Get up, we must go. Look, here comes the man who has turned against Me.
The words were spoken to Judas. But they could have been spoken to anyone. They could have been spoken to John, to Peter, to James. They could have been spoken to Thomas, to Andrew, to Nathanael. They could have been spoken to the Roman soldiers, to the Jewish leaders. They could have been spoken to Pilate, to Herod, to Caiaphas. They could have been spoken to every person who praised Him last Sunday but abandoned Him tonight.
Everyone turned against Jesus that read more
Every human being who is currently residing in this fallen world, who ever has been alive, or who ever will be born in the future has or will experience grief. Holy week, the week preceding Resurrection/Easter Sunday, is a week of triumph comingled with a heavy dose of grief. Today’s devotional, reposted from faithgateway.com, brings a message of hope and comfort for those experiencing a time of grieving.
Trust in Him at all times, you people; pour out your heart before Him; God is a refuge for us. — Psalm 62:8 NKJV
Trust in Me at all times.
I know the pain and sorrow you are feeling, and I want you to pour out your heart in My Presence. You need to release all read more
We all want God to do amazing, miraculous, mind-blowing things for us. Too often, however, we find ourselves complaining about the miracles that God has already done for us instead of being thankful for them. Today’s devotional, written by Mark Batterson and reposted from faithgateway.com, urges us to be aware of and thankful for all of those miracles we’ve already experienced, and to take that big step of faith necessary to see the next thing God wants to do.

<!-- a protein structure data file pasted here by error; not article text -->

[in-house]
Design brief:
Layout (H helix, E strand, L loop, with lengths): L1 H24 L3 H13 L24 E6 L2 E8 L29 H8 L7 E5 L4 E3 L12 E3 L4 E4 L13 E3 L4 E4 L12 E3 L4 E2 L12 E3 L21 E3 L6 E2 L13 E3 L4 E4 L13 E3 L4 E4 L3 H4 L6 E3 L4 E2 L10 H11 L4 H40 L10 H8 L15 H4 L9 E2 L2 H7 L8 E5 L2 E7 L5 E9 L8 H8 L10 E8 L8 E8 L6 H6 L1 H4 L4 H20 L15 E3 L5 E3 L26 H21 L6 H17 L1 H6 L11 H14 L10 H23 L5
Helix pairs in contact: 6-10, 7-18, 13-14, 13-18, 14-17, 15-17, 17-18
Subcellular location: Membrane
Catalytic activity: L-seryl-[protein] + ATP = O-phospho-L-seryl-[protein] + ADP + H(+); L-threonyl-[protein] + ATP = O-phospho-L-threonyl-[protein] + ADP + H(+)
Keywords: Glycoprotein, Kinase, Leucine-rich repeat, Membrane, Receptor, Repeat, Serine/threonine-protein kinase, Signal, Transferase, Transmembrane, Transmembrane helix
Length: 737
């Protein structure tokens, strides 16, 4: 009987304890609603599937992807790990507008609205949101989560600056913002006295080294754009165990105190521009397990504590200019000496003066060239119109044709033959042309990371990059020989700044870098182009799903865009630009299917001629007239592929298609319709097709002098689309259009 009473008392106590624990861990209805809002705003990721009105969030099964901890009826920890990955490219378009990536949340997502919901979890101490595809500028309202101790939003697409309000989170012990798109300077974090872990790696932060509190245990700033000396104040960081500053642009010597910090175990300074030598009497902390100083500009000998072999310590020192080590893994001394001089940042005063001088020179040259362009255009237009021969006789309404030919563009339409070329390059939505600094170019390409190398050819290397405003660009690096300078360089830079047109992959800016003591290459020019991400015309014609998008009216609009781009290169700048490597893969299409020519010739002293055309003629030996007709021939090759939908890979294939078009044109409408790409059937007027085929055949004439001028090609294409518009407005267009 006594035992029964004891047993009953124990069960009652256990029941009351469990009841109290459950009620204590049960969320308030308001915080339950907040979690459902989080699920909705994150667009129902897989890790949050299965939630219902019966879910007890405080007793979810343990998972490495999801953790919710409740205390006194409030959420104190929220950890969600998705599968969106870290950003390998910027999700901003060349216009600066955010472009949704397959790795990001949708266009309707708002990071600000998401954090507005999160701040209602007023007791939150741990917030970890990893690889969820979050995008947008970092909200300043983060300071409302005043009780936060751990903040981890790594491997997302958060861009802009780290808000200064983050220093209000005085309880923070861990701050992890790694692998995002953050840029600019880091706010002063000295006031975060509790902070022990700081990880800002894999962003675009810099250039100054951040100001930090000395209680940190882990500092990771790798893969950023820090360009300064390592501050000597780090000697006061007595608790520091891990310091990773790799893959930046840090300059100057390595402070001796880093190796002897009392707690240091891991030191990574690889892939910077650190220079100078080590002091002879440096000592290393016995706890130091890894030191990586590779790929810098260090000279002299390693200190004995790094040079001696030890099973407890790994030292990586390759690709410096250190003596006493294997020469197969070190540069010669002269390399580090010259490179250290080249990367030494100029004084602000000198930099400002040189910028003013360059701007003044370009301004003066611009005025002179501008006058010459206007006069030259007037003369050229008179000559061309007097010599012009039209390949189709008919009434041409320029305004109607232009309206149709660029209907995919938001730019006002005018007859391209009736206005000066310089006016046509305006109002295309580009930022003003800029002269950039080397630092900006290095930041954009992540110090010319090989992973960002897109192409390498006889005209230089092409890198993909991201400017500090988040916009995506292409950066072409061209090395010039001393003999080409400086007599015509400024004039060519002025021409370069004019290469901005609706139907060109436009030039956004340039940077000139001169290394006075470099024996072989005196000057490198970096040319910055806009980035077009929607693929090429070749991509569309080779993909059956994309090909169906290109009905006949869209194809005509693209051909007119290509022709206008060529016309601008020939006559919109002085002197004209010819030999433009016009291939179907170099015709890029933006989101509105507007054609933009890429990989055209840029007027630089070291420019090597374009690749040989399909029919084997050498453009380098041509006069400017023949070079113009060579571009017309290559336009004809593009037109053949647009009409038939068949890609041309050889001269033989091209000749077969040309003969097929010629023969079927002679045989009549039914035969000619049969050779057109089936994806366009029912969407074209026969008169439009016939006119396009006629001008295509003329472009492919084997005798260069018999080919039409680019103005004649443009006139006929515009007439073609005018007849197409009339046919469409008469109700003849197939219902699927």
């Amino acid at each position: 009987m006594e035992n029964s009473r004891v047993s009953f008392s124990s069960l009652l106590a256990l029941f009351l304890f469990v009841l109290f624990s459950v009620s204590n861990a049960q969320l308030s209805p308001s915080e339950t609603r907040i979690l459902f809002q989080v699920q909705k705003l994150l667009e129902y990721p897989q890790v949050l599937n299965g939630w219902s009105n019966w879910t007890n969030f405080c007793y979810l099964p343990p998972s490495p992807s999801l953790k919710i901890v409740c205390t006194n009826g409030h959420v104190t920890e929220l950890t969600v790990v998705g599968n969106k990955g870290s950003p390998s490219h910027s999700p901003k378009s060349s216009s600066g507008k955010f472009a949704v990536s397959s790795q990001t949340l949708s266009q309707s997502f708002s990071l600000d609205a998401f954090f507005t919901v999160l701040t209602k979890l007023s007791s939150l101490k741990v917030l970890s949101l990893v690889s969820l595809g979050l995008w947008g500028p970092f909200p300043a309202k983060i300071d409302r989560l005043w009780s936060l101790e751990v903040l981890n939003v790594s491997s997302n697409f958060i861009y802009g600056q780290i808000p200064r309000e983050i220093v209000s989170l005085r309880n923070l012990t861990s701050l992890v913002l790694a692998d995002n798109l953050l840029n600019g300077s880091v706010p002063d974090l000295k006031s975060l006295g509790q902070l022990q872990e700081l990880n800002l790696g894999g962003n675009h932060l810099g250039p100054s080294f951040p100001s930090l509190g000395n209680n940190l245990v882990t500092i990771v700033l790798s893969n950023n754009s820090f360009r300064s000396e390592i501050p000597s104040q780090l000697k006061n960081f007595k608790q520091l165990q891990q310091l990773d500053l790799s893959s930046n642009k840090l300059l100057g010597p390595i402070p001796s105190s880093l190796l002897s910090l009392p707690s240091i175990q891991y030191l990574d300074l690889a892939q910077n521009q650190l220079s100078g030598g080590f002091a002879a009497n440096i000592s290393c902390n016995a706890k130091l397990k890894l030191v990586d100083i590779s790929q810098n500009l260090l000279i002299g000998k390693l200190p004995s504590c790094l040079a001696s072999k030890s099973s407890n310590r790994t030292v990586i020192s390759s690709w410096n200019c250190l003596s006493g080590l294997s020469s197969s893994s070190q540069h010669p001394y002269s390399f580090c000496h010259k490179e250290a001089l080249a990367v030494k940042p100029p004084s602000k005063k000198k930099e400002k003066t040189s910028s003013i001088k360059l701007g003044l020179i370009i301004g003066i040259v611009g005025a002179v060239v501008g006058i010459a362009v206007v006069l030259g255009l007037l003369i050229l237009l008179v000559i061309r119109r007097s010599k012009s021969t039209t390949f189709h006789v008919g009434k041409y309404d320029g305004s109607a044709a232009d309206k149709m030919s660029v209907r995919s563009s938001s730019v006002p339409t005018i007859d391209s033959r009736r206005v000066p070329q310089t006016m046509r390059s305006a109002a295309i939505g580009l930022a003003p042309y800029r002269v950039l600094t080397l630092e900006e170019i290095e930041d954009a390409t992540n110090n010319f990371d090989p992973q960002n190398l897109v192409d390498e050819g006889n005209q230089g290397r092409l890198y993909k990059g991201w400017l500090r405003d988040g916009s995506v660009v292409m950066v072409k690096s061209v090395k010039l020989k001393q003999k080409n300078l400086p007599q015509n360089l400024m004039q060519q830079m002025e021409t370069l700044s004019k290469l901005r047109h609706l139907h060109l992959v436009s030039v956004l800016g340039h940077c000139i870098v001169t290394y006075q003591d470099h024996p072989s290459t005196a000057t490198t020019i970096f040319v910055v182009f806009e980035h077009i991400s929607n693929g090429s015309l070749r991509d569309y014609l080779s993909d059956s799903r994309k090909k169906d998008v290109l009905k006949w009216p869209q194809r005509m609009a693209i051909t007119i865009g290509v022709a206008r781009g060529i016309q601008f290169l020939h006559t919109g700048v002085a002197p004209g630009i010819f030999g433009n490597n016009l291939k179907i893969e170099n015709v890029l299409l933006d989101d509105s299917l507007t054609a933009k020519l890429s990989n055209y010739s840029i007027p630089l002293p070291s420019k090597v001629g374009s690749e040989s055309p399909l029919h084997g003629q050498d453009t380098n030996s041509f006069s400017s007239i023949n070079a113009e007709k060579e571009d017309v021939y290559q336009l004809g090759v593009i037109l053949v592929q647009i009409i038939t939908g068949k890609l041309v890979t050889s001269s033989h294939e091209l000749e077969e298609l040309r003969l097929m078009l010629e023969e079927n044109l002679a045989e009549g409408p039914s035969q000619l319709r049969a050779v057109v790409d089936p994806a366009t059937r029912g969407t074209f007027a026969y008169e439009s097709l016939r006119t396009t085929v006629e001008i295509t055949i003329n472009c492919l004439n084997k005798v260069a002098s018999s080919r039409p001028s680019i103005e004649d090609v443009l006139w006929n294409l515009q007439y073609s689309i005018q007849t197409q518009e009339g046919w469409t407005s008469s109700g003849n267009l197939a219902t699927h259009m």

“I love miracles, and I love food, so I really love food miracles.
And while there are multiple food miracles in Scripture, the day God provided quail meat in the middle of nowhere may rank as the most amazing. When the Israelites exited Egypt, a quailstorm was definitely not in the forecast.
The people of Israel also began to complain, “Oh, for some meat!” they exclaimed. “We remember the fish we used to eat for free in Egypt. And we had all the cucumbers, melons, leeks, onions, and garlic we wanted. But now our appetites are gone. All we ever see read more
source: Devotionals Daily at faithgateway.com
What do you tell someone who scoffs at your faith because they believe that the Bible contains too many contradictions? Today’s devotional by Lee Strobel, reposted from faithgateway.com, provides some practical answers to help us answer those who are skeptical about Christianity.
Editor’s Note: In this excerpt of The Case for Faith, Lee Strobel is having a theological debate with Norman Geisler, president of Southern Evangelical Seminary in Charlotte, North Carolina. What a fantastic discussion to share with a friend who is seeking to know the truth today!
When I asked about alleged contradictions in the Bible, Geisler leaned back in his chair and smiled. It was an issue he had spent a lifetime studying.
“I’ve made a hobby of collecting alleged discrepancies, inaccuracies, and conflicting statements in the Bible,” he said. “I have a list of about eight hundred of them. A few years ago I coauthored a book called When Critics Ask, which devotes nearly six hundred pages to setting the record read more
source: Devotions Daily at faithgateway.com